Thursday, May 10, 2018

Should battered wives divorce their husbands?

Many evangelicals believe there are only two grounds for divorce: adultery and desertion. That creates a dilemma in cases like domestic abuse, which those two categories don't cover. Some evangelicals try to create an opening for divorce in that situation by stretching the categories. But that gerrymanders the categories. 

A compromise is to propose separation rather than divorce. But that's a makeshift solution because you end up with a situation that isn't marriage and isn't divorce. Because the battered wife remains married, she's not free to remarry. So she's bound by the restrictions of marriage without the benefits.

I'd add that husbands can also be battered. That isn't taken seriously because men can overpower a physically abusive wife. However, they can't exercise that advantage in practice since they'd be charged with domestic abuse, even if they acted in self-defense.

One solution is to make allowance for the possibility that Scriptural grounds for divorce don't attempt to contemplate every conceivable situation. Jesus wasn't asked about a husband splashing acid in her face. 

We'd consider other potential justifications for divorce based on general biblical principles. Of course, that makes it harder to draw a line. 

Depending on the topic, Jesus criticizes the religious leaders for being too lax or too strict. But one general principle Jesus has taught us is to think about the underlying rationale for a biblical command or prohibition, as well as higher duties that temporarily override lower duties, in case of conflict. 


  1. Even if one does not believe physical abuse is grounds for divorce, a mother also has a moral obligation to her children that might be worth as much consideration as her own spiritual welfare.

  2. Physical abuse would demand the victim to separate from the aggressor. Regardless who is removed from the premises, such separation would constitute abandonment by the abuser.

    1. Sorry, but that's rather Kafkaesque reasoning. If the wife initiates the separation, one can't logically say the husband abandoned the wife. One might say the physically abusive husband pushed/drove/forced her out of the marriage.

      This reflects a tension when some Christians think Mt 5:32 & 1 Cor 7:15 are the only permissible grounds for divorce, yet they also think there are additional grounds for divorce, so they proposed ingenious ways to make those two passages cover the other grounds.

      It would be better just to admit that Mt 5:32 & 1 Cor 7:15 were never meant to exhaust every hypothetical situation. Admittedly, that opens a can of worms, but people are already doing that in a roundabout way by stretching Mt 5:32 & 1 Cor 7:15.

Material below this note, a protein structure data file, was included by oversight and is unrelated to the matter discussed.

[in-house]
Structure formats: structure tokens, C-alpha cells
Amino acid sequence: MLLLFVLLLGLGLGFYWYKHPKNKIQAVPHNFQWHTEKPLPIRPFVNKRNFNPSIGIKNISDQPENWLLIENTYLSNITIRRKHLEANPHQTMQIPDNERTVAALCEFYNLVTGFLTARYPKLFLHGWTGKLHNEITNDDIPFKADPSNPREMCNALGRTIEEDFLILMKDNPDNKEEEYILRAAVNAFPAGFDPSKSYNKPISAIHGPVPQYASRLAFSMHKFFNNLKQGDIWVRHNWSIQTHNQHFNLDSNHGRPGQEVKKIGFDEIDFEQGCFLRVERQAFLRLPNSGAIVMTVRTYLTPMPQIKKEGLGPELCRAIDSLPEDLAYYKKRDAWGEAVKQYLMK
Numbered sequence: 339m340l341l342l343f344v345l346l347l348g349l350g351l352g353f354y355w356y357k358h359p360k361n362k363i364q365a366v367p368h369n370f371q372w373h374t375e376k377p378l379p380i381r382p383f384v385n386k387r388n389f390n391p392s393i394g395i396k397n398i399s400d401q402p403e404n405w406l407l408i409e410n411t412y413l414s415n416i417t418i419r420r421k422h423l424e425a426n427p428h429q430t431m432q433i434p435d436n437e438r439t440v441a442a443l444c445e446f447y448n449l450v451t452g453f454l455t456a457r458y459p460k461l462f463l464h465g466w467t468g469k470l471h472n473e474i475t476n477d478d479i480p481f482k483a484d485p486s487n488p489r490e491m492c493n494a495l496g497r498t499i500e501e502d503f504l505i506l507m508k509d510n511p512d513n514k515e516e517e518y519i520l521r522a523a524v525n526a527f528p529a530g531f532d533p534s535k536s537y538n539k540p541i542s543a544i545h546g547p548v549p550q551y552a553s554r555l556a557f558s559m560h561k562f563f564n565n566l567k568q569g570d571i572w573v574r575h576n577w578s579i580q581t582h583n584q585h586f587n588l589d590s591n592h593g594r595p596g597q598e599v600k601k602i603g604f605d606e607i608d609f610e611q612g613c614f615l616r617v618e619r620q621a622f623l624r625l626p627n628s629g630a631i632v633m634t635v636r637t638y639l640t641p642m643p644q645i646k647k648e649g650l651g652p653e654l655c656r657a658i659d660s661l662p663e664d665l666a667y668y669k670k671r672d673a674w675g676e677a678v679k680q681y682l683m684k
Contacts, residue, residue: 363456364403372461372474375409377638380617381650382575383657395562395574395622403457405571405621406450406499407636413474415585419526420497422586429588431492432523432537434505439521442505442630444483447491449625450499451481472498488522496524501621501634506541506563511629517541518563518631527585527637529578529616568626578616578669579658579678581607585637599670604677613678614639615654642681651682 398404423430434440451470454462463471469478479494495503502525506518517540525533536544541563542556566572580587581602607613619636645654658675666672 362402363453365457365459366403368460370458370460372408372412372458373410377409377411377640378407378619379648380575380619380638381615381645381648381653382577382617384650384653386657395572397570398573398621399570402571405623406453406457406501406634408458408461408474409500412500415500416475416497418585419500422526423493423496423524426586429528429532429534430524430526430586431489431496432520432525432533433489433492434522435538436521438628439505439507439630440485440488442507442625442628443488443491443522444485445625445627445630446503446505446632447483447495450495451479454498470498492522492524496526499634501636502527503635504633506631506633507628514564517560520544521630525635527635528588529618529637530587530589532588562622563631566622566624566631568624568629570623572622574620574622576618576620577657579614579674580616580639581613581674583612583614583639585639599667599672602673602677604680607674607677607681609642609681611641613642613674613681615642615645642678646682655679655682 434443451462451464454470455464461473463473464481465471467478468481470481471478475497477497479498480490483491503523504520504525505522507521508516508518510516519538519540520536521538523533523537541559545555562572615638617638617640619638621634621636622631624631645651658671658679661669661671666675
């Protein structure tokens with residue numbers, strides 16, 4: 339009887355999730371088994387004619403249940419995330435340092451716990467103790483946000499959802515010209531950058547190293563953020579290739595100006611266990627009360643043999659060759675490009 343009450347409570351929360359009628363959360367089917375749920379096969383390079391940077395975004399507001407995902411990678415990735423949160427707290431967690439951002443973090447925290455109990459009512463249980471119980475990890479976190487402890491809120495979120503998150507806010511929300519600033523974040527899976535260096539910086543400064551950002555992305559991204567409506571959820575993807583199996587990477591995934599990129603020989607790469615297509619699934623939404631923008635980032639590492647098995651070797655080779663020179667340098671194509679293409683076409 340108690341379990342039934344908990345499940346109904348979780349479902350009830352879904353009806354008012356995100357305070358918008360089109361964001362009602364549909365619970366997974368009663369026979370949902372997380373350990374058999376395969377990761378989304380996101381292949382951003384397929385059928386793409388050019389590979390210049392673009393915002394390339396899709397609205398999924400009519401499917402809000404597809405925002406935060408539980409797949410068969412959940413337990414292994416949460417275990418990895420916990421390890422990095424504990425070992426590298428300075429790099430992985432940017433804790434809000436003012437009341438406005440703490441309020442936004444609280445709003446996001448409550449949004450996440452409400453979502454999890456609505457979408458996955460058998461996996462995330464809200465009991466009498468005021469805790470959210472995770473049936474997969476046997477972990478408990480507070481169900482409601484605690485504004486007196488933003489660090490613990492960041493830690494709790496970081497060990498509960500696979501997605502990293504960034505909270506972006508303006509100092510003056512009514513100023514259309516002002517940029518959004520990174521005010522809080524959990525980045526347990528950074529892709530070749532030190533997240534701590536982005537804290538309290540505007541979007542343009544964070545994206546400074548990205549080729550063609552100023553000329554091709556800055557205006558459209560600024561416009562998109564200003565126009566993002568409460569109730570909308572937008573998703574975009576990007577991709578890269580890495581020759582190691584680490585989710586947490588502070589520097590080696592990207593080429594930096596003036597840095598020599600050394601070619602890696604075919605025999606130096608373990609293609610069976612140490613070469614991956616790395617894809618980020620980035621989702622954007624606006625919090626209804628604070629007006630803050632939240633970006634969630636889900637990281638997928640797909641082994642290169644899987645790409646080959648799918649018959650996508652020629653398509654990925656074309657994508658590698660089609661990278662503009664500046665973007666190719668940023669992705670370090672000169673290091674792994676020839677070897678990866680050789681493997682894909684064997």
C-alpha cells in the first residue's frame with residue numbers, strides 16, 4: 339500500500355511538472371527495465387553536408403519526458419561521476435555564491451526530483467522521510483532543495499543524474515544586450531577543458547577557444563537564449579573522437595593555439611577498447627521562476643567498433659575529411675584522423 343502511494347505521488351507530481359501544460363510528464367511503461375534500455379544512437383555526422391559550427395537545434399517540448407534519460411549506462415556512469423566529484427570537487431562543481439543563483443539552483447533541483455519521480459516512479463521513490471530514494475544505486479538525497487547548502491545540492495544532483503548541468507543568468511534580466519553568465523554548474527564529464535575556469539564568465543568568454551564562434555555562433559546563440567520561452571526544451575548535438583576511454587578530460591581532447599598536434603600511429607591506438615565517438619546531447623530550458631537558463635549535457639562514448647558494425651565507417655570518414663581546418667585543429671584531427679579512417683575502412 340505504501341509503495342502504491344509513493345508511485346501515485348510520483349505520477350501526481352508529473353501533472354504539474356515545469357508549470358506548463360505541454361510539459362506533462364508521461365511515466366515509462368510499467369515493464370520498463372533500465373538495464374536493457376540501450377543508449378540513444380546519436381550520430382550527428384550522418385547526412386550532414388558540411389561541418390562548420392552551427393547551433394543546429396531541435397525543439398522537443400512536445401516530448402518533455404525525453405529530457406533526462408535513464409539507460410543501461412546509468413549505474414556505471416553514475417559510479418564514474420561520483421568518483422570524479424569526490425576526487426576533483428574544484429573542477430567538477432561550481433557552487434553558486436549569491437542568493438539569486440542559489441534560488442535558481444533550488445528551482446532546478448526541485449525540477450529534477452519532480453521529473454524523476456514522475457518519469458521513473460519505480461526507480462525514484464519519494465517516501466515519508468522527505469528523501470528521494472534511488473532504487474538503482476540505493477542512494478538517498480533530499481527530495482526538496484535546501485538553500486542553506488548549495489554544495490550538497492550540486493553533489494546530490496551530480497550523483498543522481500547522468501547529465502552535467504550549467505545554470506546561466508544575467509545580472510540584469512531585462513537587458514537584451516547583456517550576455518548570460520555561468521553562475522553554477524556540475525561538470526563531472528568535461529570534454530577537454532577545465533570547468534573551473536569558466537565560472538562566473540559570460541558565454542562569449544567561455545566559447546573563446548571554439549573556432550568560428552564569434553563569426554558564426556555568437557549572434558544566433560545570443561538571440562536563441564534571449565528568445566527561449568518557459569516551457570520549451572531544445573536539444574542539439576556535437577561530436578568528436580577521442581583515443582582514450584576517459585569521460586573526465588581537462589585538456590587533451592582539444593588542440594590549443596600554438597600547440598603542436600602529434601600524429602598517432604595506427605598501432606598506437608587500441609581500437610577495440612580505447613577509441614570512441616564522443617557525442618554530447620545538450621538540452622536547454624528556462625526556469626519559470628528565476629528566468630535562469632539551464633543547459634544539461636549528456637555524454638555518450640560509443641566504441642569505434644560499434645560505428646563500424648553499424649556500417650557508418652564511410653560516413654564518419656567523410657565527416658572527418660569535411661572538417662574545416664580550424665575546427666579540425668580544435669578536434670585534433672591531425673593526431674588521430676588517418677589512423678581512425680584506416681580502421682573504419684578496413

3. Got rid of duplicate paragraphs...

    I get what you’re saying but I don’t think I’m stretching the overall headings under which divorce is permissible by cataloging infractions as I do.

    Imagine a married couple lives in a 40,000 square foot house. Certainly one can *depart* the marriage without leaving the physical premises. Living in solitude in a wing of mansion I would think constitutes departing, regardless of whether the innocent party ever formally initiates legal separation from the premises. Indeed, I’d suggest one can depart the marriage by taking on a settled denial of physical privilege to a spouse even in 400 square foot apartment. At the very least, departing wouldn’t seem to demand any removal from premises.

    In cases of an abused spouse who departs as a matter of physical safety, obviously it’s the violent spouse who is *culpable* for the separation. My point is if the innocent party has to separate for safety sake, the new state affairs of spousal departure is *tantamount* to the guilty party having departed. I say this because the result is no different, and it would be brought about by the abusive spouse. I’ve seen this happen when a spouse outright refuses to depart yet desires to be separated for no just cause. In such cases, it’s not unusual that he *causes* his spouse to depart. That one can get the separation he seeks yet without literally separating himself doesn’t suggest to me that he is not the only one culpable for departure. It’s as though he departed.

    So, I don’t find the need to expand the lawfulness of divorce beyond adultery and willful abandonment, given of course the willingness to make application.

    Just as the fifth commandment instructs children to honor their parents, the application extends beyond the immediate context, even to superiors and inferiors in the work place. The commandment is an umbrella in this regard. Similarly, I find the clause pertaining to departing can envelope forced separation.

    1. I don't think Steven Furtick would appreciate your analogy! :-)

    2. Yeah, his is a meager 8,500 square feet (heated)!

  4. Any crime that deserves the death penalty under mosaic law should be grounds for divorce. Repeat abuse falls under a repeat offender criminal who refuses to be reformed and so deserves the death penalty. RJ Rushdoony argued for repeat offender criminals under the young adult who fights his parents by a from a lesser to greater arguement. Jesus said such an offender should die the death in the gospels. I’m curious your take on this?